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The report, Greening the Workplace 2011, released in December 2011, follows a 2009 report on the same subject by the organization. The new report finds that shareholder pressure and greater demands for corporate accountability are the fastest growing catalysts for greener workplaces, though many other factors are involved. The report found that sales and marketing remain the main drivers for sustainability efforts in the workplace.
“Although [sustainability] engagement efforts are spreading, their effectiveness has dropped, with programs deemed very effective or somewhat effective decreasing by 8 [percentage points] in the last two years,” according to the report. “While the vast majority of companies attempt some sort of environmental promotion, only 17 percent were rated very effective. The most successful organizations have official policies with upper-level leadership.”
Data for the report were gathered through an online survey in October 2011.
Compared with the 2009 results, the Brighter Planet report said, “organizations are increasingly engaging employees on sustainability to at least some degree—more than half now promote it frequently or very frequently,”—up 5 percentage points. “Only 8 percent of respondents indicated their employer never promotes conservation in the workplace.”
However, the report noted that “most employers still lack official engagement policies on sustainability. And although engagement efforts are spreading, their effectiveness has dropped, with programs deemed very effective or somewhat effective” declining by 8 percentage points, from 66 percent to 58 percent of respondents, over two years. Employee satisfaction with sustainability engagement programs has remained essentially flat.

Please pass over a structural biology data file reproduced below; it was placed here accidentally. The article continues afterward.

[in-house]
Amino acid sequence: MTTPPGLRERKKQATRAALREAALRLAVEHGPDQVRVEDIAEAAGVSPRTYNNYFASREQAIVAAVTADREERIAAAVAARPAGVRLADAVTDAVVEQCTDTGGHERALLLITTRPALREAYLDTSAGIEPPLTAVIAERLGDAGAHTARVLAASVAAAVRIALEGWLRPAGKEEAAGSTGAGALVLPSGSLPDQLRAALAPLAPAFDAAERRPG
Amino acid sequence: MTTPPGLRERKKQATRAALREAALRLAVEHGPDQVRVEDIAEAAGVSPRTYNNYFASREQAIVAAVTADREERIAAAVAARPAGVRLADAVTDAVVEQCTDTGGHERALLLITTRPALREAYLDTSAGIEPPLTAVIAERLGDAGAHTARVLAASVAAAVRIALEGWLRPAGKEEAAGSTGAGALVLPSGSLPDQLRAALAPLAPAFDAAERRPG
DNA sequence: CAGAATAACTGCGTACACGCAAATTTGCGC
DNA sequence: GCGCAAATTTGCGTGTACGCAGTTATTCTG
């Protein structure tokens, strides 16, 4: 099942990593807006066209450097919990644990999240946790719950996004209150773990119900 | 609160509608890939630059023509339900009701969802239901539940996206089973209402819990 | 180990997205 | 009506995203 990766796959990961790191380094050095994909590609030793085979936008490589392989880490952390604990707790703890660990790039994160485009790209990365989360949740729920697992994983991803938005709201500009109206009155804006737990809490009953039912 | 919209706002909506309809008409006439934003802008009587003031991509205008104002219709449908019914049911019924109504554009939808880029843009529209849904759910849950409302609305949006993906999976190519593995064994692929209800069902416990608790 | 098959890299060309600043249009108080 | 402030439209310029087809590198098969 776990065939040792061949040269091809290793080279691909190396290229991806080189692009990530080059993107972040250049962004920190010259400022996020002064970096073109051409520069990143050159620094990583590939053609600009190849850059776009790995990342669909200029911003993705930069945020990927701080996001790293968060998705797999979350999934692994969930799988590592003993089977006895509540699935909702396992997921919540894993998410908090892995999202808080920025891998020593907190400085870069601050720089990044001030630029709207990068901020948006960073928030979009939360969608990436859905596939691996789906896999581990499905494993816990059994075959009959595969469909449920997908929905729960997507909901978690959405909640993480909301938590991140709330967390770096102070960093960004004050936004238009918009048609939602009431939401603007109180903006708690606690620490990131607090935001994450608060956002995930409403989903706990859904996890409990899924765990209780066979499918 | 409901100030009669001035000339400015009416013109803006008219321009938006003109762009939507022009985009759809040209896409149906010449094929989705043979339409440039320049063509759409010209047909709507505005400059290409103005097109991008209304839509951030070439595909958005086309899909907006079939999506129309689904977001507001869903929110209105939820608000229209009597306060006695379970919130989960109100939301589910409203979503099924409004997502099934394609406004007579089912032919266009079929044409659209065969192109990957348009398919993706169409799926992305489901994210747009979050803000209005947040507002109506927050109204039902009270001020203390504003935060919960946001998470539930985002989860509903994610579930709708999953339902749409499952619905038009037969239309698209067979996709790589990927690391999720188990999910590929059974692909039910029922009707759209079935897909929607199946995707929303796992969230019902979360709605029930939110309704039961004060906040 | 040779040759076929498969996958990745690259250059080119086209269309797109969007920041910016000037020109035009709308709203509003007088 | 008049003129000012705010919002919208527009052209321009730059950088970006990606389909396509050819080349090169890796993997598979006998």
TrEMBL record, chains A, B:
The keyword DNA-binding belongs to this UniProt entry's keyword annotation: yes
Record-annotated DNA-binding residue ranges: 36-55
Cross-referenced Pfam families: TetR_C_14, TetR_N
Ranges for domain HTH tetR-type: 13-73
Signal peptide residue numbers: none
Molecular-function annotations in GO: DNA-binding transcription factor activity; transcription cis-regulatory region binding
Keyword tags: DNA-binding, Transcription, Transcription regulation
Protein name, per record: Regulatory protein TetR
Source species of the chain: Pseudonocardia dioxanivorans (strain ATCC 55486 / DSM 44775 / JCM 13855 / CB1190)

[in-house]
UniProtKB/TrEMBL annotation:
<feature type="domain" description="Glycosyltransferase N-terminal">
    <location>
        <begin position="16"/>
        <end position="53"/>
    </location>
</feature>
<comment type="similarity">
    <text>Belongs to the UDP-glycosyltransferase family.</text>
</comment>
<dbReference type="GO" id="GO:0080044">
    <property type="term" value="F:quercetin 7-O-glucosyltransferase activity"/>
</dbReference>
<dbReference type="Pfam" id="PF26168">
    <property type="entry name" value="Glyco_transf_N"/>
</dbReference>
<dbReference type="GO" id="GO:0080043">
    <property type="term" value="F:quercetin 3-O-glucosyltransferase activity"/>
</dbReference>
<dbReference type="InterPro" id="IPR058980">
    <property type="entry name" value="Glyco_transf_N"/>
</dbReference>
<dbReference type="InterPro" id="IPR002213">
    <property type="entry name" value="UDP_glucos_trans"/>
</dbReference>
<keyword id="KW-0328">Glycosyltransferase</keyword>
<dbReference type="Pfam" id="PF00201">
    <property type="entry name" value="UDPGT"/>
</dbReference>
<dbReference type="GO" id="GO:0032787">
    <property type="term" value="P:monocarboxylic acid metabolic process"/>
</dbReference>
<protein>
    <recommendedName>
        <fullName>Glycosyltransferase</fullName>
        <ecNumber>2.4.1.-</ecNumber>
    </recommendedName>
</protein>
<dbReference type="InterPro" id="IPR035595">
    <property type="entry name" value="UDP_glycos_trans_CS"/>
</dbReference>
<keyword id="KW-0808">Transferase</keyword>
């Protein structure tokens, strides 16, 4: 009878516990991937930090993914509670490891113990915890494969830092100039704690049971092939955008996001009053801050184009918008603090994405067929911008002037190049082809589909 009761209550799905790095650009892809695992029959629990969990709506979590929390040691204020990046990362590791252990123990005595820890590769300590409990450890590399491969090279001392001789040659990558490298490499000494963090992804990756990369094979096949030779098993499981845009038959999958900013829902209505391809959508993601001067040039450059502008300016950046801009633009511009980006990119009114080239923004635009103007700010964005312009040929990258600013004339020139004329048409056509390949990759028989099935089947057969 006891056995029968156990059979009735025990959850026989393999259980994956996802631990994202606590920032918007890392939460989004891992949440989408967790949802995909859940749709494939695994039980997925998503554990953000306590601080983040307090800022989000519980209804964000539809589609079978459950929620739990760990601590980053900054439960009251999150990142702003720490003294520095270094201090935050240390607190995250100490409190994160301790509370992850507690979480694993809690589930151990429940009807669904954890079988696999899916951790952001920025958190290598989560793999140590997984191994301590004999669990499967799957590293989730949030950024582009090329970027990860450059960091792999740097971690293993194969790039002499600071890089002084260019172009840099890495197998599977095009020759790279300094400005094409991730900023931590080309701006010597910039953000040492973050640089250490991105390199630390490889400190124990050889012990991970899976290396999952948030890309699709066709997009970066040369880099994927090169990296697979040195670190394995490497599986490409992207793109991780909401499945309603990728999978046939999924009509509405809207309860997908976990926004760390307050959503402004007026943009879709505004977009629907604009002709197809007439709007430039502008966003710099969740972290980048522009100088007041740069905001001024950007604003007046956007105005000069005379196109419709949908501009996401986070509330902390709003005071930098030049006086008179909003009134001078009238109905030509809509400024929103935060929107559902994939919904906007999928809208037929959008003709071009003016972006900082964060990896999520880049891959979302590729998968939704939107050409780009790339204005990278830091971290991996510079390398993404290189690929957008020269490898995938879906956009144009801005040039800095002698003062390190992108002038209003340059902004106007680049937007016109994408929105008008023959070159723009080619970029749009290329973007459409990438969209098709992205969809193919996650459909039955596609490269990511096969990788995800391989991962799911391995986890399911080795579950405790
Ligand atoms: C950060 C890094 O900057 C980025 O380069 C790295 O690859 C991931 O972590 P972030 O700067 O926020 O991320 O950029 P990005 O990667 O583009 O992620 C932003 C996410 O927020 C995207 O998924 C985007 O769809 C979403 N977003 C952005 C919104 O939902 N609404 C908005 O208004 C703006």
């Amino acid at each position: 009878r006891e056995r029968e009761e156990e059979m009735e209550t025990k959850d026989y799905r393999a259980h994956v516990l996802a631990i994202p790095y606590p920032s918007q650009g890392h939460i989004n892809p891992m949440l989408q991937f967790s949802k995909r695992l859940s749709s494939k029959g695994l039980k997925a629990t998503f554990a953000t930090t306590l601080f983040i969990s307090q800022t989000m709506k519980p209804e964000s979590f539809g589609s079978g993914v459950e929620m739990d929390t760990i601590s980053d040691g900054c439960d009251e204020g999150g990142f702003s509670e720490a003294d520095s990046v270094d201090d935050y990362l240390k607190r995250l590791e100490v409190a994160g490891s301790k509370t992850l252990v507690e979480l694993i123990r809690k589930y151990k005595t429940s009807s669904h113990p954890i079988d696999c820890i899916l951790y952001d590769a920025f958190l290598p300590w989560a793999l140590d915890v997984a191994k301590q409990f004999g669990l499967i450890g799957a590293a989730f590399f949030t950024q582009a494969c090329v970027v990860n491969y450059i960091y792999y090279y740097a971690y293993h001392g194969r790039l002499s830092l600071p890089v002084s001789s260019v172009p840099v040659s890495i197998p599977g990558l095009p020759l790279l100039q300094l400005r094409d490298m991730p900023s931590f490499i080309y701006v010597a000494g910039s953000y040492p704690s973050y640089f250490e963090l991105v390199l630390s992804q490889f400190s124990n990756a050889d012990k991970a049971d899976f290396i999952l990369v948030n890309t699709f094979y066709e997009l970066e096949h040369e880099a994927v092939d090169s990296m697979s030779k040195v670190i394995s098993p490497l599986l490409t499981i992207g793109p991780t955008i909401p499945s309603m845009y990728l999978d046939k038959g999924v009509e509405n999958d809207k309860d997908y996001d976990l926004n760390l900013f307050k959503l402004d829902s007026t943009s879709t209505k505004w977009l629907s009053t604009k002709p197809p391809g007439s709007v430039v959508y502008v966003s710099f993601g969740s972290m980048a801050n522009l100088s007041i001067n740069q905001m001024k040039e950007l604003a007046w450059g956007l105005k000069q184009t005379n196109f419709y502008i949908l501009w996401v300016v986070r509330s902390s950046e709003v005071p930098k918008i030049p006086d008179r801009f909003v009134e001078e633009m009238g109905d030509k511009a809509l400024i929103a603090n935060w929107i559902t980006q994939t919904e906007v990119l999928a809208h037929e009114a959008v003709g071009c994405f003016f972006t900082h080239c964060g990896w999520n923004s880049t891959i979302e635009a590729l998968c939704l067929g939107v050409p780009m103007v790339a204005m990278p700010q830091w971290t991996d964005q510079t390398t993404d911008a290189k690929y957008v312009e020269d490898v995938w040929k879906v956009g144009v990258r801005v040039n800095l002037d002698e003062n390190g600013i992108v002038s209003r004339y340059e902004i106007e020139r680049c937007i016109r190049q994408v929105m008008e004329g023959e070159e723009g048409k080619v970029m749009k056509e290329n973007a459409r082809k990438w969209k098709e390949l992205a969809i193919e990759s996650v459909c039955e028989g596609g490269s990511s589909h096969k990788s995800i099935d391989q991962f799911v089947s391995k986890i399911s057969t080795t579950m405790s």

“The growing prevalence but decreasing effectiveness of employee sustainability engagement efforts could signal the need for a shift in focus by groups working to expand the employee engagement movement,” the report said. “The data suggest we have reached a point at which effort may need to be transferred from recruiting new organizations to helping organizations that are already promoting staff conservation improve their practices with new tools and techniques.”
Staff sustainability is practiced in a variety of arenas, led by waste and recycling and followed by energy use, commuting practices and purchasing and procurement efforts. Employees are the main advocates for sustainability, but less so in 2011 than in 2009, according to the report. “Management is the main sustainability driver in just one in five organizations, but this number is increasing.”
Other findings in the Brighter Planet 2011 report:
Steve Bates is manager of online editorial content for SHRM. He can be reached at firstname.lastname@example.org.
Humanitarian Needs, Company Presence Guide Charity, SHRM Online Ethics & Sustainability Discipline, December 2011
HR Has Key Role in Sustainability Strategy, Report Finds, SHRM Online Ethics & Sustainability Discipline, April 2011
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